AsColgate continues to develop the new Broad Street Community, it is natural to examine therole of fraternities and sororities at Colgate. Some people ask,Are fraternities and sororities still a vital part of college life,or has time passed them by?
One way to assess the situation is to look at a microcosm of the fraternity/sorority system as a whole: Delta Upsilon’s biannual scholarship awards dinner on November 20, which, as treasurer of the DU Alumni Corporation for nearly 35 years and a resident of Hamilton, I had the pleasure of attending. Judging from the events of that night, I have no doubt about the health of Colgate’s Greek system, and its relevancy for the future.
The atmosphere at the dinner was electric. Nearlyhalf of DU’s members play football, and earlier that day, the teamhad beenselected to play New Hampshire in the opening round of the division 1-AA playoffs. But the evening was exciting for many other reasons as well.
I was struck by theease with whichBrent Smith ’06, the current president, conducted the event. Smith, a stellar defensive end, in many waysepitomizes Colgate’s scholar athletes. He is bright, articulate, community-minded and sincere.And he is proud of our collective history.
Smith began by announcing thatDU was about to embark on its 141st year at Colgate. Since being chartered on November 21, 1865, within months of Lee’s surrenderto Grant at Appomattox, DU has workedwith the University to create a positive climate of education and public service. Today, under university ownership of the living unit, that tradition continues.
AddressingPresident Chopp, Gary Ross, and the many professors, coaches, administrators and guests,Smithcommented on the smoothtransition from alumni to university ownership. He said that one of the most important improvements has been the positive effect ofColgate’s building and grounds personnel on the upkeep of the house. At the fall Homecoming and Family Weekends, I heard the same note of appreciation from many alumni, parents and students.
DU and other Greek organizations are clearly an important part of Colgate and the Hamilton community. The Colgate-sponsored “Up Till Dawn,” inspires healthy competition among the Greek houses, whose members stay up all night writing letters to raise funds for St. Jude Children’s Hospital. (In each of the past two years DU raised more money then any other group). Additionally, DU brothers have participated in the Hamilton Fire Department’s annual golf scramble, hosted a successful Halloween trick-or-treat event for local youngsters and sponsored the Hamilton youth basketball league, providing coaches, referees and team shirts.The house is also raising money to help pay for the Hamilton High girls softball team’s trip to Florida.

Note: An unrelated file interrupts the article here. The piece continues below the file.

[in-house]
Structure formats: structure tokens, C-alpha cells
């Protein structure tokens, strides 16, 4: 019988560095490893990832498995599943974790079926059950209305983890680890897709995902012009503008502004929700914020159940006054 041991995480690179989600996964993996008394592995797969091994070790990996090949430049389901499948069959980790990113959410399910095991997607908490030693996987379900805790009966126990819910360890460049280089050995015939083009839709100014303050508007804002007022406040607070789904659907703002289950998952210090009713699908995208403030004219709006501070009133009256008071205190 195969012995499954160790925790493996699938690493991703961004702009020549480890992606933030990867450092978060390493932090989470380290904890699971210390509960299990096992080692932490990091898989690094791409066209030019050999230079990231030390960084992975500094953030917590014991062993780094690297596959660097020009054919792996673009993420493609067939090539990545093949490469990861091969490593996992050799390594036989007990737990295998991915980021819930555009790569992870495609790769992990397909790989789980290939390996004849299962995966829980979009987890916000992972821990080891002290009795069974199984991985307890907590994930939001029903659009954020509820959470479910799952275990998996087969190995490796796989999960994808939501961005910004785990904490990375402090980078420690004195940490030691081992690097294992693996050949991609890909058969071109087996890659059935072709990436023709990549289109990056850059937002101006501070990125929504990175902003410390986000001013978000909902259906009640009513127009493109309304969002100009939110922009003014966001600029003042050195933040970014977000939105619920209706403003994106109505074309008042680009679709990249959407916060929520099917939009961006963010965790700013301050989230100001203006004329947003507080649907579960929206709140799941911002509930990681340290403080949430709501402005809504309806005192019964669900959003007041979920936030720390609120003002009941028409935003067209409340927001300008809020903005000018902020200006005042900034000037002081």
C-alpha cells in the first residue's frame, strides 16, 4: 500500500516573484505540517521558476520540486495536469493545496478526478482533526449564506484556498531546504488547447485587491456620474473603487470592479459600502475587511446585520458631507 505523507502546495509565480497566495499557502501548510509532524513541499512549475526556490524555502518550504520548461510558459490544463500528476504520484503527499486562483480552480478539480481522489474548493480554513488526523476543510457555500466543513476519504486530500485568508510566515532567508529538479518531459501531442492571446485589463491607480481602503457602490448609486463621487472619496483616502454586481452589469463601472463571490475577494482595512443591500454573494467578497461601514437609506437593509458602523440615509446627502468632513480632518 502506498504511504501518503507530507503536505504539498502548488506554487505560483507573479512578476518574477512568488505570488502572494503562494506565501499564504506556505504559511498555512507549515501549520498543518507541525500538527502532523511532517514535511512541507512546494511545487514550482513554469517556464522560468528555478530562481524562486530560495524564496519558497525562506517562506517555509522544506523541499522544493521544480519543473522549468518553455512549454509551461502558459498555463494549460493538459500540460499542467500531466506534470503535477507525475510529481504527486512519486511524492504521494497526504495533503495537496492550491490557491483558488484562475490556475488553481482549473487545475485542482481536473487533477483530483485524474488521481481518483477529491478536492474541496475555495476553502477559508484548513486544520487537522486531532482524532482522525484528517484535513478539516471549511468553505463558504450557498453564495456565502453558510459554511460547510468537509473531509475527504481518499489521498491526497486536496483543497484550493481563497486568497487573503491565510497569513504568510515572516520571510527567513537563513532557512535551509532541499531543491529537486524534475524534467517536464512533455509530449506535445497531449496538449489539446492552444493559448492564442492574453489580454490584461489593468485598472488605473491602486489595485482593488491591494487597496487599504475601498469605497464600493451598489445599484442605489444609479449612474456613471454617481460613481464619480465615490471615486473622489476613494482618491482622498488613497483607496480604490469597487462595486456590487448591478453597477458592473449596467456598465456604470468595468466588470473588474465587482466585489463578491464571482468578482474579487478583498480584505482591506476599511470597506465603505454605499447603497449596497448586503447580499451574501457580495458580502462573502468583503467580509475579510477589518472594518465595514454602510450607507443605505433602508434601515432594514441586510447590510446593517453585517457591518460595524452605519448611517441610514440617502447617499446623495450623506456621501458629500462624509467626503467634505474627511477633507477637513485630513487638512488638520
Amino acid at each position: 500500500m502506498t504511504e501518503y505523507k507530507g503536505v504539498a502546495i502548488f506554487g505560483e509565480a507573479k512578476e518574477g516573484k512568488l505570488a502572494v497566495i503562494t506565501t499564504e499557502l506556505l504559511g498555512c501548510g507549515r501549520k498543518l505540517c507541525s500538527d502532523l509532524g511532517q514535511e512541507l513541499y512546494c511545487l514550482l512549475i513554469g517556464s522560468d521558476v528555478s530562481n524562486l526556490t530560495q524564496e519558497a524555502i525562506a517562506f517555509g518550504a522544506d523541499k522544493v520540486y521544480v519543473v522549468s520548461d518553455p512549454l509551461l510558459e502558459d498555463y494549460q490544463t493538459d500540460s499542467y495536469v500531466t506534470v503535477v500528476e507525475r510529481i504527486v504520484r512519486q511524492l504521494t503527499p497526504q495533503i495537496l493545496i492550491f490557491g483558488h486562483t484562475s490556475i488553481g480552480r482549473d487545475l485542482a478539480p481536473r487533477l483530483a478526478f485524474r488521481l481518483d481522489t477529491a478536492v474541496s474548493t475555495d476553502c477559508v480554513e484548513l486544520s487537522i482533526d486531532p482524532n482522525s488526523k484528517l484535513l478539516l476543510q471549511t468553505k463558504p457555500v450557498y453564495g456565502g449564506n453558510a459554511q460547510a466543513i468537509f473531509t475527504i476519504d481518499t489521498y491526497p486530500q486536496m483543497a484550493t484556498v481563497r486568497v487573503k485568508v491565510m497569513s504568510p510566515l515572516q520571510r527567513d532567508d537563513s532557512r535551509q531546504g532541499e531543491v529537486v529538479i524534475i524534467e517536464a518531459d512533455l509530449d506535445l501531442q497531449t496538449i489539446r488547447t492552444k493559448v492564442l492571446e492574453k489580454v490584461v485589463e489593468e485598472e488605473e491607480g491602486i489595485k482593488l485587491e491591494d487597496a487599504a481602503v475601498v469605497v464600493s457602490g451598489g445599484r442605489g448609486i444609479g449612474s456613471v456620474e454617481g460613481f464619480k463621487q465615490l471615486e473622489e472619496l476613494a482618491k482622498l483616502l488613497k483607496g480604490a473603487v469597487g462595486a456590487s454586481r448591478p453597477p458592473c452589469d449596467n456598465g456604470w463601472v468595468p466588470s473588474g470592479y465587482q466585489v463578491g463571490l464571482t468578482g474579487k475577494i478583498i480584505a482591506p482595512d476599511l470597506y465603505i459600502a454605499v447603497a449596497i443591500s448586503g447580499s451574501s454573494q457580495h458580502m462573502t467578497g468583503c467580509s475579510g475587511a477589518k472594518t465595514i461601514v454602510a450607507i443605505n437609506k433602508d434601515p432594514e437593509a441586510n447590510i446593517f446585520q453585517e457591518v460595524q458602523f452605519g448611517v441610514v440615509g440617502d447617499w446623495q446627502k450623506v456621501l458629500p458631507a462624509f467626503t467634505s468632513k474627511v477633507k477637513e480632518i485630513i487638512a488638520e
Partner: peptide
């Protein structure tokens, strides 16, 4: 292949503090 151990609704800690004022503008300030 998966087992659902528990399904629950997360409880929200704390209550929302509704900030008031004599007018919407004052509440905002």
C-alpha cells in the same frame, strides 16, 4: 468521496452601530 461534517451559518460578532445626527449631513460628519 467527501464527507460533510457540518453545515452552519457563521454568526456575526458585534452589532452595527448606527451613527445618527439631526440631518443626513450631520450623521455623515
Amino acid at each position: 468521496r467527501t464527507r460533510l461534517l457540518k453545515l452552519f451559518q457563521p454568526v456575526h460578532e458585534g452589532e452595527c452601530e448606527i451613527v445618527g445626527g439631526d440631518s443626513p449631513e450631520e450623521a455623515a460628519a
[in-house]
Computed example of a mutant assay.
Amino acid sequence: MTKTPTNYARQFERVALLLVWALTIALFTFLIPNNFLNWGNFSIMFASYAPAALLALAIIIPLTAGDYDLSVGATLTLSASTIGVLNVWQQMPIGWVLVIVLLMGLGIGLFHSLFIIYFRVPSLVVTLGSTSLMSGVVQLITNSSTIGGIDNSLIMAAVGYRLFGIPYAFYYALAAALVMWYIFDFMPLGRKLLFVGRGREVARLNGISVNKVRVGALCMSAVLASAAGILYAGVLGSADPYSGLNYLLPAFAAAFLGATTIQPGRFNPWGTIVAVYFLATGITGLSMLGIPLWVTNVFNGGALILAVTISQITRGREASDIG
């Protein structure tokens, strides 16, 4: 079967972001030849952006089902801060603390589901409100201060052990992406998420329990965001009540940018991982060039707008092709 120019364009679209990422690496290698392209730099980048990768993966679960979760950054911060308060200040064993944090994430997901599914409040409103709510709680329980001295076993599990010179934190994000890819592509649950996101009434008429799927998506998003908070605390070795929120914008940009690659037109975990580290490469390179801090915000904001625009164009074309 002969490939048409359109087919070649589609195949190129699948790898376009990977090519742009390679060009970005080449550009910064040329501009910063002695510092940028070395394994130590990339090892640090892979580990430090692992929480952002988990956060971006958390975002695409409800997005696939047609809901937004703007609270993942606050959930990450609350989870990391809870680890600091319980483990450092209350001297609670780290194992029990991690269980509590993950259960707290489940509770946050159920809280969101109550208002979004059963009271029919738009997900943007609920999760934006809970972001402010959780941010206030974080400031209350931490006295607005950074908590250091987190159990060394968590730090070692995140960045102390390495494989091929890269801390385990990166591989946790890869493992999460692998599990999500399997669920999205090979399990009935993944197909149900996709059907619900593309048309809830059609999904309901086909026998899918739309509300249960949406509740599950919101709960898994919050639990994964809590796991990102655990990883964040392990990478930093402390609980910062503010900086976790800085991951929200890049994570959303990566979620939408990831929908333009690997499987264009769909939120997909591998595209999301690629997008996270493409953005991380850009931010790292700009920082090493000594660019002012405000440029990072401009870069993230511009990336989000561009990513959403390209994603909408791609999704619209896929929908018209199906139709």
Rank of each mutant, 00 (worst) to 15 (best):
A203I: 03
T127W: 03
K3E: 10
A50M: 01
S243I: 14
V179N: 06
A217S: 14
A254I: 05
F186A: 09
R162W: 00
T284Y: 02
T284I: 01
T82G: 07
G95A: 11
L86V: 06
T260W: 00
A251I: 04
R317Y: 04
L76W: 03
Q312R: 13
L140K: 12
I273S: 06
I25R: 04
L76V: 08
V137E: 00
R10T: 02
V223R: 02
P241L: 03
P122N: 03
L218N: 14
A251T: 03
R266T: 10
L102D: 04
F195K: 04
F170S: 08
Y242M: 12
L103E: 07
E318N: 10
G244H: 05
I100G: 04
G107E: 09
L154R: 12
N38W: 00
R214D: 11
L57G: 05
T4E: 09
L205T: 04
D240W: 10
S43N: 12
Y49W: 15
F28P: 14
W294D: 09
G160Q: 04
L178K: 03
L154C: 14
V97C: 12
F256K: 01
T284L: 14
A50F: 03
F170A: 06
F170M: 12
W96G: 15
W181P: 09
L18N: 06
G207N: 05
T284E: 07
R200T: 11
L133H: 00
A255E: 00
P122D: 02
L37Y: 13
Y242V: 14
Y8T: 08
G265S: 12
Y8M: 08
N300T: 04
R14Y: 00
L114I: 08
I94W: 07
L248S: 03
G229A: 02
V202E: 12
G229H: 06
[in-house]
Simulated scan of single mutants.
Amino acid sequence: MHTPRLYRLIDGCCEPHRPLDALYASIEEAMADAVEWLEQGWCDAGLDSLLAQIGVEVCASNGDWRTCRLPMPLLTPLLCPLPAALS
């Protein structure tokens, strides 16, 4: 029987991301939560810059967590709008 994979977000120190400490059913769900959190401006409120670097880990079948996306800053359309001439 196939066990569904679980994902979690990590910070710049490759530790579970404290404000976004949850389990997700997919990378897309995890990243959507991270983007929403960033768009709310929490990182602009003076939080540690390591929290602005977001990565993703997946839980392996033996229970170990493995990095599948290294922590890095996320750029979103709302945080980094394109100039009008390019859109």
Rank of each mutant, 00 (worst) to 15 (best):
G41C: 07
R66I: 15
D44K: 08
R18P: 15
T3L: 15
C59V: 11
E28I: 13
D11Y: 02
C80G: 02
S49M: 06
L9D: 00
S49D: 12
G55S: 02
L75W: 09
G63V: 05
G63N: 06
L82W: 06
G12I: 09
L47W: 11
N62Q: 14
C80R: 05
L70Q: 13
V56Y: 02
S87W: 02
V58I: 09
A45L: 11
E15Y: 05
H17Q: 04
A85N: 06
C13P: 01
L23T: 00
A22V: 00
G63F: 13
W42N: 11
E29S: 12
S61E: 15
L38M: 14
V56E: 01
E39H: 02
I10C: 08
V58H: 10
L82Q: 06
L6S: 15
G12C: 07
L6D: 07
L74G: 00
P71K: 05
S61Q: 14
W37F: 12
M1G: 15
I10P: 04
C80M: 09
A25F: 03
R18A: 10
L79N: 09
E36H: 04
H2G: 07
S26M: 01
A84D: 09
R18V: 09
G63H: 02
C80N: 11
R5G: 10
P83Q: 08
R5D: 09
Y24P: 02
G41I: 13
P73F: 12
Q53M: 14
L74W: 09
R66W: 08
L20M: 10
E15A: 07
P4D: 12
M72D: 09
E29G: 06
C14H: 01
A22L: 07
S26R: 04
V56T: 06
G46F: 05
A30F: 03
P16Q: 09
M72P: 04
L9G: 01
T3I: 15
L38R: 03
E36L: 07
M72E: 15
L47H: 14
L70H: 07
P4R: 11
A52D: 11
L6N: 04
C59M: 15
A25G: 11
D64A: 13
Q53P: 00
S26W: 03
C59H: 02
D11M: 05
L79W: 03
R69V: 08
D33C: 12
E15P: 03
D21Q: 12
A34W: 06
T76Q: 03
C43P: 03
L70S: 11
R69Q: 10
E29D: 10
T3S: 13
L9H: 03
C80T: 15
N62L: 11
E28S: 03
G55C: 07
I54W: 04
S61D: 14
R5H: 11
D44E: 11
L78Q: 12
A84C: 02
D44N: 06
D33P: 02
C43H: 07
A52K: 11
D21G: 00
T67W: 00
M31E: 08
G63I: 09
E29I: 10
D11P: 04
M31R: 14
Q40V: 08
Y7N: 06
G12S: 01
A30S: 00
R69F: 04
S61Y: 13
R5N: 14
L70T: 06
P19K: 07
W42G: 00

Multiply DU’s good works by 10 Greek houses and the result is a powerful contribution to our society. Then add the countless service projects done by members of the COVE and ALANA, and other clubs and organizations, and you see that Colgate thrives because of the many residential and educational options it offers.
And we mustn’t forget academics. DUrecognizesthe need to provide an environment in which school work can be completed without interruption. This is accomplished by mandatory quiet hours on the main floor after 8 pm on weekdays. TheDU libraryis a fully operational computer lab completewith wirelessinternet access, an industrial-size printer and enough desks and chairs to accommodatelarge study groups.DU’sfully stocked kitchen nearby provides the opportunity to take a study break with a minimal loss of time.The evidence of success is clear.For the third semester in a row, DU bothers have posted an average GPAover 3.0.
As you can see, I am proud of DU. But I am also proud of Colgate. Whether you are in a Greek organization or not, you will soon be alumni.I hope that you will always remember the friendships you made here, the faculty who influenced your intellectual development, and the life skills you learned.When you leave Colgate, you must always take the “high road.”
Unfortunately, there are a small number of Colgate fraternity alumni who are now engaged in lawsuits – and a bit of public mud-slinging – over who owns the fraternity and sorority houses.They are small in number, but they are growing increasingly vocal.
In fact, most alumni, students and parents recognize that the university’s purchase of fraternity and sorority chapter houses is good for the university as a whole.The new residential education program isan important step toward making Colgate a more vital, vibrant place. And as proof of how fully these new measures have been accepted, alumni donations today are at anall-time high.
In fact, the current administration is by far the most supportive of the fraternity/sorority system of anyI have worked with in thenearly 45 years I have been associated with Colgate. Continued success of the Greek system will depend upon three things: receptive undergraduates, a supportive administration,and strong alumni leadership.
I am proud to say that we have all three at Colgate.